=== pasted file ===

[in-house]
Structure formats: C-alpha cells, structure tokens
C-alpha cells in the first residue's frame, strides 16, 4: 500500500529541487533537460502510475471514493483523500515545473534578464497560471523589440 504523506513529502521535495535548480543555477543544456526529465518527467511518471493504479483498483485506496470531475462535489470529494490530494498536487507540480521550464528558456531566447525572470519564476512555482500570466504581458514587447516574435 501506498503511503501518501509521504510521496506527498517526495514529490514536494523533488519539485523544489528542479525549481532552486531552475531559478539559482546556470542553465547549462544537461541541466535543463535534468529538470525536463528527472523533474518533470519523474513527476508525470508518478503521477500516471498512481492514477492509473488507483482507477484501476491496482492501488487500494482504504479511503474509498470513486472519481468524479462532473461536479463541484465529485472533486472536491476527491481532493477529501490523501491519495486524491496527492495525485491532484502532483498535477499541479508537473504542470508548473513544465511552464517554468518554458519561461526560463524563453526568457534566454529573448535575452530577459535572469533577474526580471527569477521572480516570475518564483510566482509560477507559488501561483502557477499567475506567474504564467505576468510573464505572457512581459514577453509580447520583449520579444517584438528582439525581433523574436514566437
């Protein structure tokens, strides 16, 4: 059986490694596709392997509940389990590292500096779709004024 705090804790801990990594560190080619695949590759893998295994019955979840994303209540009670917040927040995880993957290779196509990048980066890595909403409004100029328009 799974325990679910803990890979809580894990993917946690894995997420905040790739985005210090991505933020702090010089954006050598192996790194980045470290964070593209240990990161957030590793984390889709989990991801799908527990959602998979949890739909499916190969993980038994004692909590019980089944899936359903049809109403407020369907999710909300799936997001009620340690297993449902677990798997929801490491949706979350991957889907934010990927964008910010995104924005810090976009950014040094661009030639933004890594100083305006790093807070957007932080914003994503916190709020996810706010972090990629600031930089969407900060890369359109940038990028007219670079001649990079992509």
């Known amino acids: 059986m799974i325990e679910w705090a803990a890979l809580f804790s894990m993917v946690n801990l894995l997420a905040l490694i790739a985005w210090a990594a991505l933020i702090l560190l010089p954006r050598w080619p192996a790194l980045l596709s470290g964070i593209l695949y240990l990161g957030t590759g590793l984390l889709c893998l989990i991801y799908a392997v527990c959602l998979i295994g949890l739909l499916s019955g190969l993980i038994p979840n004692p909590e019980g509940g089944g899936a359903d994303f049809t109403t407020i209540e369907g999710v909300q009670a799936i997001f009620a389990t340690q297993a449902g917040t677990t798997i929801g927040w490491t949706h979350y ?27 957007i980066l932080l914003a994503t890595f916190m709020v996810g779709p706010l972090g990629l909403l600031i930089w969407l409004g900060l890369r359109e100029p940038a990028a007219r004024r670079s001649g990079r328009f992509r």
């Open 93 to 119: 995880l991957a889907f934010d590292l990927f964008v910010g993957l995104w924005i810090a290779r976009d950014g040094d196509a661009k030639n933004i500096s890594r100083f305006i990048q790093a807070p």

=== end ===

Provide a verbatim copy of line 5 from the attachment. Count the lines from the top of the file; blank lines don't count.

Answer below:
């Known amino acids: 059986m799974i325990e679910w705090a803990a890979l809580f804790s894990m993917v946690n801990l894995l997420a905040l490694i790739a985005w210090a990594a991505l933020i702090l560190l010089p954006r050598w080619p192996a790194l980045l596709s470290g964070i593209l695949y240990l990161g957030t590759g590793l984390l889709c893998l989990i991801y799908a392997v527990c959602l998979i295994g949890l739909l499916s019955g190969l993980i038994p979840n004692p909590e019980g509940g089944g899936a359903d994303f049809t109403t407020i209540e369907g999710v909300q009670a799936i997001f009620a389990t340690q297993a449902g917040t677990t798997i929801g927040w490491t949706h979350y ?27 957007i980066l932080l914003a994503t890595f916190m709020v996810g779709p706010l972090g990629l909403l600031i930089w969407l409004g900060l890369r359109e100029p940038a990028a007219r004024r670079s001649g990079r328009f992509r």